Pediatric small bowel intussusception disease: feasibility of screening for surgery with early computed tomographic evaluation.
Surgery. 2010 Apr;147(4):521-8
Authors: Ko SF, Tiao MM, Hsieh CS, Huang FC, Huang CC, Ng SH, Lee SY, Chen MC
BACKGROUND: This study investigated the feasibility of early computed tomographic (CT) evaluation and the operative results of pediatric small bowel intussusception with deteriorating ischemic or obstructive symptoms, so-called small bowel intussusception disease (SBID). METHODS: Between 1988 and 1999, among 18 patients surgically proven SBID (conventional group), 12 mimicked ileocolic intussusception and were conventionally managed with abdominal radiography, ultrasonography, reduction enema, and eventually operation. Between 2000 and 2008, we applied a modified approach with inclusion of early CT evaluation if ultrasonography showed a target lesion suspicious for SBID (diameter </=3.0 cm and/or atypically located in the paraumbilical or left abdomen). Among 15 surgically proven SBID patients (early CT group), 13 underwent early operation after CT confirmation. The clinical, imaging, and operative findings were compared between the 2 groups. RESULTS: There were no significant differences between the 2 groups in age, gender, clinical presentations, leukocyte count, ultrasonographic features, locations of SBID, or the presence of lead points. Most patients presented with vomiting, abdominal pain, or irritable crying. In comparison with the conventional group, early CT group patients had a significantly shorter duration between admission and surgery (31.44 +/- 30.39 vs 7.47 +/- 5.95 hours; P < .01) and a lower rate of bowel complications (44.4% vs 6.7%; P = .02). CONCLUSION: Pediatric SBID may present with nonspecific symptoms and may mimic ileocolic intussusception leading to delayed operative intervention. Early CT evaluation of patients with suspicious SBID ultrasonographic features is effective in avoiding futile reduction enema and significantly reducing the waiting time for operative management and the resultant incidence of bowel complications.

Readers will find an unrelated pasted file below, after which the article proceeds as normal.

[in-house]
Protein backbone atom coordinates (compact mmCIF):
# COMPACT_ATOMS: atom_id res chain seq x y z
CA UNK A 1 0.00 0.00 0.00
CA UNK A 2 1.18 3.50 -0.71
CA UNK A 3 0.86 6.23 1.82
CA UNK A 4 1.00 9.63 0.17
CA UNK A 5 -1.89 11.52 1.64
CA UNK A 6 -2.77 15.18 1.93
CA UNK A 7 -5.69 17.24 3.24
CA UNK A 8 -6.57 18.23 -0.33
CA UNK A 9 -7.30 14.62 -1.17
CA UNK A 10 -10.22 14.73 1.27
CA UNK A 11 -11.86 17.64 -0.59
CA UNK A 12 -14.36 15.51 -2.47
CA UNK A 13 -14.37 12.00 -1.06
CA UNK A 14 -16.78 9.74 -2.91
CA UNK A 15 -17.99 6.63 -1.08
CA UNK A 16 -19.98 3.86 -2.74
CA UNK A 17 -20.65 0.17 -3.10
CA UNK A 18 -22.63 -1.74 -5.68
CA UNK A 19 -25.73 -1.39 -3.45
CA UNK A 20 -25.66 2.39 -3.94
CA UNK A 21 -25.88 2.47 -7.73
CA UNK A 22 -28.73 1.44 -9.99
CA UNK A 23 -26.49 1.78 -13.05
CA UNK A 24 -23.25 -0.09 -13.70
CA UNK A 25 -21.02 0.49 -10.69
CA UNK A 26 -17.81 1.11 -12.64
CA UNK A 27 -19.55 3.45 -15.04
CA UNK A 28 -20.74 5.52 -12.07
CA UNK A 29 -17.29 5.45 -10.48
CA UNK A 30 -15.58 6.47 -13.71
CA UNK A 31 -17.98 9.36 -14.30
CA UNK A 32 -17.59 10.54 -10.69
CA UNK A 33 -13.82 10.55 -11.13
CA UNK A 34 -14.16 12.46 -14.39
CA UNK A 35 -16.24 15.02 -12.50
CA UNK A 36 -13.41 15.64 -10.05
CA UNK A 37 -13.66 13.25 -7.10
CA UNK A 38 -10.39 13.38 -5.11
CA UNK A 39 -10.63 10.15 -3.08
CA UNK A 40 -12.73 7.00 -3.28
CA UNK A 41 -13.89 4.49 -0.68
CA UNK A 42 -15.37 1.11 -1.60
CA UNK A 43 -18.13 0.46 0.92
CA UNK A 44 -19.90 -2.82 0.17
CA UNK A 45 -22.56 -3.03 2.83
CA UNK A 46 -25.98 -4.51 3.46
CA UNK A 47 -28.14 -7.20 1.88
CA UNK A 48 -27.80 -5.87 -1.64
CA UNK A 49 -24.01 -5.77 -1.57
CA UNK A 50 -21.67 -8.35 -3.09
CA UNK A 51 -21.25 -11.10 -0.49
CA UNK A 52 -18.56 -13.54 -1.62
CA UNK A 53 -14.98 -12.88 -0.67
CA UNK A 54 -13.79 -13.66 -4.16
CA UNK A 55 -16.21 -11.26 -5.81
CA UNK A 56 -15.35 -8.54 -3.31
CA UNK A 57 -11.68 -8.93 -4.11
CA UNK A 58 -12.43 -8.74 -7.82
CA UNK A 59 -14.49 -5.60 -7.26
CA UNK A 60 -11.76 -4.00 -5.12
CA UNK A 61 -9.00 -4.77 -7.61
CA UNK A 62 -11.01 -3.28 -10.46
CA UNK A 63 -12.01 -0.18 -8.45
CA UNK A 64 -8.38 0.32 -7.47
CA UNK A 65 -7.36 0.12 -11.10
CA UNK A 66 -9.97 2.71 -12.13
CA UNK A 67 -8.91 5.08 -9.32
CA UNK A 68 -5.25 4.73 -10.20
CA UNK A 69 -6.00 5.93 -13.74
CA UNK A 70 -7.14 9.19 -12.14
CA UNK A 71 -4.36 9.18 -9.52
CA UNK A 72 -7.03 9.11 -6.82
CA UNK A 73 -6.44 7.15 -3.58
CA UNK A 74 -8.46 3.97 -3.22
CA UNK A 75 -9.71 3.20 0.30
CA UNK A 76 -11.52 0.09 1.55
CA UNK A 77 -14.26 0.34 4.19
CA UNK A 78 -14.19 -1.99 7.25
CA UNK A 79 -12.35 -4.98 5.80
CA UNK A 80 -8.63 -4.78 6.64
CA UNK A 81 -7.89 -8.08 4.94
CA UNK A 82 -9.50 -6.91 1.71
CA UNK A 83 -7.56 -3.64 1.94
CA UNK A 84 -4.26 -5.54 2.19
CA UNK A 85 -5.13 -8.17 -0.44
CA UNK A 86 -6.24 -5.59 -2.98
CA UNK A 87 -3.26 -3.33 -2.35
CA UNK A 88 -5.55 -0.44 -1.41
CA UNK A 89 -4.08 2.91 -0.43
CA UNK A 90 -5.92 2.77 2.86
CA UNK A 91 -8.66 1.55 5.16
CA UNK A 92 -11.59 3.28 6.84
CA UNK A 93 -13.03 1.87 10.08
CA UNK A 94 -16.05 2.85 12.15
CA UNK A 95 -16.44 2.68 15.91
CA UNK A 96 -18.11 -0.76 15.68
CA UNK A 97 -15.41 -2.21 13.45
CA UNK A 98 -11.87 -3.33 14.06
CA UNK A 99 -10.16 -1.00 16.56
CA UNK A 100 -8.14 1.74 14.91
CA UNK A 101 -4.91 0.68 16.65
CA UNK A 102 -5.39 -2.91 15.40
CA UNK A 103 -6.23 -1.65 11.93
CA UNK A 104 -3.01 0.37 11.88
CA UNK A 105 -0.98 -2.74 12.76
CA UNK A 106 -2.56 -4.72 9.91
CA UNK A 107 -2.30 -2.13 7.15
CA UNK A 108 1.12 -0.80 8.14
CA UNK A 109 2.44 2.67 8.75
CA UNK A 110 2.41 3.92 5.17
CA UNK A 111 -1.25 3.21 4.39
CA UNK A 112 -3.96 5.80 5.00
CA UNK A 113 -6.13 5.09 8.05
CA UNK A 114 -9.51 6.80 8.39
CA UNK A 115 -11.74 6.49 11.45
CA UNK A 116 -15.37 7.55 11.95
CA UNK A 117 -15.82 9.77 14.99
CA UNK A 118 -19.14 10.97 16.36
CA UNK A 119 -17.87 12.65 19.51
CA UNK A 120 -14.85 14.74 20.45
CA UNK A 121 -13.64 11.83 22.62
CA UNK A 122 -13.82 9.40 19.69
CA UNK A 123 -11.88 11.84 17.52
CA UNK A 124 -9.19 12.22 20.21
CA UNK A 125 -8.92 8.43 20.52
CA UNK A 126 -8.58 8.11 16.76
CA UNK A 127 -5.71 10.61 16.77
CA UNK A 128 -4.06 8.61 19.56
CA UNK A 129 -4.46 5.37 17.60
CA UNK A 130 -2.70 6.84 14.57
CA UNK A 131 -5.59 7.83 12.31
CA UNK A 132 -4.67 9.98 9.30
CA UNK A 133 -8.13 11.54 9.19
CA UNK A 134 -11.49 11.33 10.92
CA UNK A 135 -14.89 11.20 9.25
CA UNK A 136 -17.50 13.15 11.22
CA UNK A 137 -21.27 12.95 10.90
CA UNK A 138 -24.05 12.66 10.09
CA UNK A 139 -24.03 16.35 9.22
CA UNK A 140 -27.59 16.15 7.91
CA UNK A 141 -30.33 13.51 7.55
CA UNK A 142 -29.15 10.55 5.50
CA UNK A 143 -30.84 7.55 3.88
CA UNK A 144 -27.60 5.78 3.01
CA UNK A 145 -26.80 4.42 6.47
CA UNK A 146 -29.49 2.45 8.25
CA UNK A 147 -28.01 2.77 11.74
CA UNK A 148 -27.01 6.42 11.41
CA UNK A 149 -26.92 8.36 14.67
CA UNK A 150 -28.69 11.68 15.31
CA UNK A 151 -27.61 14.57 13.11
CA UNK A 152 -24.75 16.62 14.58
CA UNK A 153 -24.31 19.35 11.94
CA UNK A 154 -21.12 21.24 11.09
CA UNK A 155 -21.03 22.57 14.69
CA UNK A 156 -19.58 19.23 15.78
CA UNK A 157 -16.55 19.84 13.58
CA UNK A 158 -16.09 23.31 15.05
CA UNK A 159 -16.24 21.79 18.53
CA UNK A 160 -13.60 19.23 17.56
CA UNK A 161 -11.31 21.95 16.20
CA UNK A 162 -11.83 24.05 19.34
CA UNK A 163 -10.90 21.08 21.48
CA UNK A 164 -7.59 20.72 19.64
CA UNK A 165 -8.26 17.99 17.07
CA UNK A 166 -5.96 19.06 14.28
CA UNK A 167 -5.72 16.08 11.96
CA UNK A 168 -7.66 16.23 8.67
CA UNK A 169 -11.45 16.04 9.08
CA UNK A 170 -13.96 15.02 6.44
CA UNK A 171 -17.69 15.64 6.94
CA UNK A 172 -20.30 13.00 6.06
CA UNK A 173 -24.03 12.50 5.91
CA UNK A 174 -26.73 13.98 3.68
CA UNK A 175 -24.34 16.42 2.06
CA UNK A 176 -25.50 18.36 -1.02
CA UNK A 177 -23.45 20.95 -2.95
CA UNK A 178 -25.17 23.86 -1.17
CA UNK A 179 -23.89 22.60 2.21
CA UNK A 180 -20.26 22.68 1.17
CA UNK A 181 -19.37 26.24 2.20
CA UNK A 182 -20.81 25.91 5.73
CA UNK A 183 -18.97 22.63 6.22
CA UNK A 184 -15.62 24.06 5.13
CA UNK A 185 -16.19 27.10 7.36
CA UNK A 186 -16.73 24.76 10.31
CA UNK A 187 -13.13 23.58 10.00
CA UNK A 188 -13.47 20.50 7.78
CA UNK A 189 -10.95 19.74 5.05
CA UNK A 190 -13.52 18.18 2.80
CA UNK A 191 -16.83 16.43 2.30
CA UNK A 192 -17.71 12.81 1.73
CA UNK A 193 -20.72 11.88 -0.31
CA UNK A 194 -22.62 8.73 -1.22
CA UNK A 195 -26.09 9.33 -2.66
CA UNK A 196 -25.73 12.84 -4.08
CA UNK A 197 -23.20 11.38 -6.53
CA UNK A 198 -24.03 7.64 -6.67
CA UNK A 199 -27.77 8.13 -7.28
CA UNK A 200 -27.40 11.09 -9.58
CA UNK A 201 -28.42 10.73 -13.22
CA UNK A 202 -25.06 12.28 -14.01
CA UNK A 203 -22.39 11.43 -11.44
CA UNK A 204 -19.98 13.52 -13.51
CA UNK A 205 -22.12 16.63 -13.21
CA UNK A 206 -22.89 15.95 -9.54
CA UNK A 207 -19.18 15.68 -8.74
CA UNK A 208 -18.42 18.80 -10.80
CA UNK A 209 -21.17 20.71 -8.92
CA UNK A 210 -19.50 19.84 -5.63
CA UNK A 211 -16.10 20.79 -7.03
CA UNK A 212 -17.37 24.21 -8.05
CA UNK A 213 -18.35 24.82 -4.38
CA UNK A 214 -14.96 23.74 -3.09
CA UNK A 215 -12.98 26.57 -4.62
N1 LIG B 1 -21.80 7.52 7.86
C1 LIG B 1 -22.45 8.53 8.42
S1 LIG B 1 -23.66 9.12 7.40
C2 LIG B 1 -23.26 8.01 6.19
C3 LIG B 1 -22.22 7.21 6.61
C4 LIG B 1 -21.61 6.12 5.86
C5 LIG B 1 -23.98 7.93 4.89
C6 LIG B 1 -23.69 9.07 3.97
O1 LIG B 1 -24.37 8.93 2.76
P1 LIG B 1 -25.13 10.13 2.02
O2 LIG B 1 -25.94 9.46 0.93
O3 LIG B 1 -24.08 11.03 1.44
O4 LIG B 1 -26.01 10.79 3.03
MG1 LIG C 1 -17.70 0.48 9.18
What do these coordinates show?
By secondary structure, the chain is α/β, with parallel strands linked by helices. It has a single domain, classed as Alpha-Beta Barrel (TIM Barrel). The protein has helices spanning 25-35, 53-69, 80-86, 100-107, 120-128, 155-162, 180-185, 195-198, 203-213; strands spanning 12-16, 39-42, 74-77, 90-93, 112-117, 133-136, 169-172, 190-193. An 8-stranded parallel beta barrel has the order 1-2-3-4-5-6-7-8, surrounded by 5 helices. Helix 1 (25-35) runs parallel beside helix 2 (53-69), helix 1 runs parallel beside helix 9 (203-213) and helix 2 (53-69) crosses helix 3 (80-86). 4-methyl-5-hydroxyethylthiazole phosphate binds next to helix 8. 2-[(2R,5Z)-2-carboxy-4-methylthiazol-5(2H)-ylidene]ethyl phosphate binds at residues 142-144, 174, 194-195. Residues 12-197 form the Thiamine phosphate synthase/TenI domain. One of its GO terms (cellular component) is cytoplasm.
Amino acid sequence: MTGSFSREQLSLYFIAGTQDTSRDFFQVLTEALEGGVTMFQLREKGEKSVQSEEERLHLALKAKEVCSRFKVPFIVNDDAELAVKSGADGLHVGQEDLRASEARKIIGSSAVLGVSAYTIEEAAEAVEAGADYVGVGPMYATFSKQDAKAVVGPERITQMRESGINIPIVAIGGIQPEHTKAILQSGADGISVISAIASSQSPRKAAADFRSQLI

PMID: 20004447 [PubMed - indexed for MEDLINE]
View the full article